In a parliamentary response last month health minister Mike O'Brien exposed the latest hiccup for the National Programme for IT when he revealed that expenditure plans for the programme beyond 2009/10 are still undecided.
Mr O'Brien referred to 'ongoing discussions with the Treasury' about how £600 million of savings will be clawed back from the IT programme, a target identified last year by ministers.
The news is the latest drama for the programme, but with a general election due in a matter of months, it's unlikely that it will be the last this year.
After all, already beset by problems, delays and spiralling costs, will either of the main political parties take the programme forward in its current form post June?
'No,' says independent health IT consultant Ewan Davies. 'Whoever wins the next election, there are likely to be significant changes to the programme.'
If Labour wins, it will have to decide how to achieve the £600 million savings. This is 'yet to be determined' according to a DoH spokeswoman.
However, when the announcement was initially made it was clear that the cuts would not be from elements of the programme already in place. Rather, it would be the ones yet to come to fruition that were most at risk.
Mr Davies believes the 'obvious' thing to cut would be the plan to create regional detailed care records. 'This is the area where there has been the least progress, and the area most likely to go,' he says.
'Meeting the requirements of all the different care providers over such diverse patches was always a stupid idea ... and an obvious thing to cut.'
Meanwhile, Dr Paul Cundy, former chairman of the joint RCGP/GPC IT committee, believes that if Labour stays there will be 'very little change'.
'There will probably be more focus on co-ordinating and cobbling together the existing systems we have,' he says.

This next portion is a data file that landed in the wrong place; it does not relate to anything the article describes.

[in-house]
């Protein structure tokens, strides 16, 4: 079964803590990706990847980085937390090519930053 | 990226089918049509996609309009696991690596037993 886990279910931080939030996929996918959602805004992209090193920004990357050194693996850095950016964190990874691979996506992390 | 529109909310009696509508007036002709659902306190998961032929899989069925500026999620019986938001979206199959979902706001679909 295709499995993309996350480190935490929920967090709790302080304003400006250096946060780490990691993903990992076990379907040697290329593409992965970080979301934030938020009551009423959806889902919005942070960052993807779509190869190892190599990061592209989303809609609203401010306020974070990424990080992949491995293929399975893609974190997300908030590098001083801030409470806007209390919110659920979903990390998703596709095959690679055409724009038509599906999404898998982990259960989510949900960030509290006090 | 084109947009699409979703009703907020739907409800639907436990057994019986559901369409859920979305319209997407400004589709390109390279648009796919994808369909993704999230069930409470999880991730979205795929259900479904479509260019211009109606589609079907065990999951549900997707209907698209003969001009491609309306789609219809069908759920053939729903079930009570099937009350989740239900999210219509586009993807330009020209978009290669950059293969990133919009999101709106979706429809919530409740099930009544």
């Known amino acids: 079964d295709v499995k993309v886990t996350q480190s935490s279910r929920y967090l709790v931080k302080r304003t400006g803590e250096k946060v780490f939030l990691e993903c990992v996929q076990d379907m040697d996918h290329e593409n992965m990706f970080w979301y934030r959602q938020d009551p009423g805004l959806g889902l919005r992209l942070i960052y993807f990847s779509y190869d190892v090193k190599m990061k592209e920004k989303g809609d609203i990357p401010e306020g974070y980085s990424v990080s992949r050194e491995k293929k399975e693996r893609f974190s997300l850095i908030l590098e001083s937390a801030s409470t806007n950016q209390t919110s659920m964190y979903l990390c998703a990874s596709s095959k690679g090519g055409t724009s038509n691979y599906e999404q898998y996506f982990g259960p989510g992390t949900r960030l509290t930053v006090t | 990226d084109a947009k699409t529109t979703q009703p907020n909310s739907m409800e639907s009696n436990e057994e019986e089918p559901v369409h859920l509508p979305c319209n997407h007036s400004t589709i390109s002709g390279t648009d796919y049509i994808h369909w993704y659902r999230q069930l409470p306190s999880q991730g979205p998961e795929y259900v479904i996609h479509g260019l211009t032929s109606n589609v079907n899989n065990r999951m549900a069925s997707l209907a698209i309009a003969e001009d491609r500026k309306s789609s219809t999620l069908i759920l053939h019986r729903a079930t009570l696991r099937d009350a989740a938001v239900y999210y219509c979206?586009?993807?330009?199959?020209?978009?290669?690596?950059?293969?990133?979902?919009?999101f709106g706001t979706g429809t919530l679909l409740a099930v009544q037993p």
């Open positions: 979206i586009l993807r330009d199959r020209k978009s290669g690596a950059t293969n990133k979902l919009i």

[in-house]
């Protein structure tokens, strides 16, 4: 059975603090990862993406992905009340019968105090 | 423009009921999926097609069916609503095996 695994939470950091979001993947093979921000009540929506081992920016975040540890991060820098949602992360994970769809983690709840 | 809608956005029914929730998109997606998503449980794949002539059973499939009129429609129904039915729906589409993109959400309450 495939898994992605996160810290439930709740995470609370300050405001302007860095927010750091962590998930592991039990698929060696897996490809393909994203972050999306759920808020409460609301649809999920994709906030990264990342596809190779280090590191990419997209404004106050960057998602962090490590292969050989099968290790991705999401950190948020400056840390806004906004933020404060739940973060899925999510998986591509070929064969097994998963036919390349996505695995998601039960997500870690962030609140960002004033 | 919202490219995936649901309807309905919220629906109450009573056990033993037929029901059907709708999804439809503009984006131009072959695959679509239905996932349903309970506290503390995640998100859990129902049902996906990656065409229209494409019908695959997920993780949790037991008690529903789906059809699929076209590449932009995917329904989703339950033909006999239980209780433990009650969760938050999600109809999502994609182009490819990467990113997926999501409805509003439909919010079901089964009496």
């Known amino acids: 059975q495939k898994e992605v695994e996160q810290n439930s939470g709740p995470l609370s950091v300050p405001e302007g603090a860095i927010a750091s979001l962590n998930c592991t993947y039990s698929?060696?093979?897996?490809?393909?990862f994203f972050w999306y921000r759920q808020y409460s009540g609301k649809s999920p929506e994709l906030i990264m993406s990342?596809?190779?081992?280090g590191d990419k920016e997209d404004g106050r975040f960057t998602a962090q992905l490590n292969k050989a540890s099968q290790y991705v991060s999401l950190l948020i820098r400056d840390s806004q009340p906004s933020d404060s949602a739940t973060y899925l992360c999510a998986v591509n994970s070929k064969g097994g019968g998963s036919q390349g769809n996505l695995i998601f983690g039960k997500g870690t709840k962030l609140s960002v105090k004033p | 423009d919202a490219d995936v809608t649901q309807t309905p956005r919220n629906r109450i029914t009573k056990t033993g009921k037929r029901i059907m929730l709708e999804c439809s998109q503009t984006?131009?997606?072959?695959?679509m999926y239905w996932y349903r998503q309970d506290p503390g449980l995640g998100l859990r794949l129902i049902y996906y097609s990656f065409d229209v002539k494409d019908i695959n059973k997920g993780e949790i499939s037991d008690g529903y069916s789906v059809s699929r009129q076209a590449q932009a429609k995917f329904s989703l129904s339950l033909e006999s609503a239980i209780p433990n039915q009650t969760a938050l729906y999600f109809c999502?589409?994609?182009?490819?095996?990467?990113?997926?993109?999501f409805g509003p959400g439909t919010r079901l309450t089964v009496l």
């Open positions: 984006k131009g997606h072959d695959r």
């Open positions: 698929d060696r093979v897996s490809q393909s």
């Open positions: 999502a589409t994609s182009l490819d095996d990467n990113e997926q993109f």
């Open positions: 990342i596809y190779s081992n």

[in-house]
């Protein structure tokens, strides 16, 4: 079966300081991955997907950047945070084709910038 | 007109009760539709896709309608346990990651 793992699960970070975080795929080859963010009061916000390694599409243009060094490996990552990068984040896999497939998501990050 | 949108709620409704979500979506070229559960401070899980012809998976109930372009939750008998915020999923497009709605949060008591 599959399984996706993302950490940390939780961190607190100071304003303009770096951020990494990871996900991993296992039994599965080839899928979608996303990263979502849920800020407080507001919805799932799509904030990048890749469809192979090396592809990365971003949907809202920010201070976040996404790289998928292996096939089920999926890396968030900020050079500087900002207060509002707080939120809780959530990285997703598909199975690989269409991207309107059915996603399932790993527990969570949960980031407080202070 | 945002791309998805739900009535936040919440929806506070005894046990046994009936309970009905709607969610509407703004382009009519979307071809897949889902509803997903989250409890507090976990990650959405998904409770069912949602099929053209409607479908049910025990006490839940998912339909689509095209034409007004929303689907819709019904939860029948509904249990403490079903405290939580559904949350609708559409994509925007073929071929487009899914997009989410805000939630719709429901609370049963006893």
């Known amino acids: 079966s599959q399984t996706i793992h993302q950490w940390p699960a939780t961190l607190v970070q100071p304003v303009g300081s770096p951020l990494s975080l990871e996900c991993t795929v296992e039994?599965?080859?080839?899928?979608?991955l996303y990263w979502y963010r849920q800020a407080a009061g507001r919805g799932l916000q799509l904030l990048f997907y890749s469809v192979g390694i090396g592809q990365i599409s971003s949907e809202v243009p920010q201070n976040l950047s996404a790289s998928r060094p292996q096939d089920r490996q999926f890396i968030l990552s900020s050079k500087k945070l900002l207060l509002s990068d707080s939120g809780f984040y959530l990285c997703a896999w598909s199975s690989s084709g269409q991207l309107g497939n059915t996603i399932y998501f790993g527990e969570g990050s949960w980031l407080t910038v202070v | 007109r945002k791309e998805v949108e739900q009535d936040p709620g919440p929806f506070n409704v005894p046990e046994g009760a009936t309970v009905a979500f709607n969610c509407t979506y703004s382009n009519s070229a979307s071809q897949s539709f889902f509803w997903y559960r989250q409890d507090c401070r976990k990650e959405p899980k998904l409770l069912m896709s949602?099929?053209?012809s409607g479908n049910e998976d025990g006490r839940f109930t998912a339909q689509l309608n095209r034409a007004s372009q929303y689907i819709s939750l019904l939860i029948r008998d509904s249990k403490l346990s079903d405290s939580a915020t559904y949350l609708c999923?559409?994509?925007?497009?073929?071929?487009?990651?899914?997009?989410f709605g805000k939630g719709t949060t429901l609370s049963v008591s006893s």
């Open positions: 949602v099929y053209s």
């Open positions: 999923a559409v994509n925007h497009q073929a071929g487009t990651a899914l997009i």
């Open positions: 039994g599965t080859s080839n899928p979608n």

However, Dr Cundy believes that under the Conservatives things might be very different.
While the Conservatives seem to have moved away from suggestions the programme would be scrapped if they came to power, it is unlikely to remain unchanged. A spokesman said: 'Clearly we need IT in the NHS, but we just need it to work better.'
Dr Cundy believes that under a Tory government the summary care record (SCR) would be under threat, owing to its controversial nature.
'Its whole existence is on blind faith that it will be beneficial. But we have very little emerging proof of its tangible value where it has been working,' he says.
Mr Davies agrees. He suggests that the SCR is most vulnerable, followed by the electronic prescription service and then Choose and Book, owing to the fact that all three have had 'interesting histories'.
Tories the safe option?
Despite the feeling that the Conservatives are likely to make changes to NPfIT, some believe that the programme's future is safest in their hands.
'One thing politicians aren't good at is admitting they were wrong. An administration that doesn't have to defend the past will have a better chance of moving the programme forward,' Mr Davies says.
But, whoever wins the election, what do GPs want to see happen?
Dr Grant Ingrams, chairman of the joint RCGP/GPC IT committee, says the major focus for GPs is for the services on their desk to be working properly.
'We want to make sure money isn't starved from the development of the systems we have already, and that there are ongoing improvements to their functionality and safety,' he says.
Dr Cundy agrees. He says that the last thing that GPs want in the future is an overhaul of the system. 'GPs want certainty that the system we have currently will continue to be developed and won't be left in limbo,' he says.
Mr Davies suggests that it is important to recognise that the NHS has reached a certain point with the programme, which should now be capitalised on.
After all, it's been eight years since the programme was announced and despite its problems, it would be a blow to morale to start from scratch.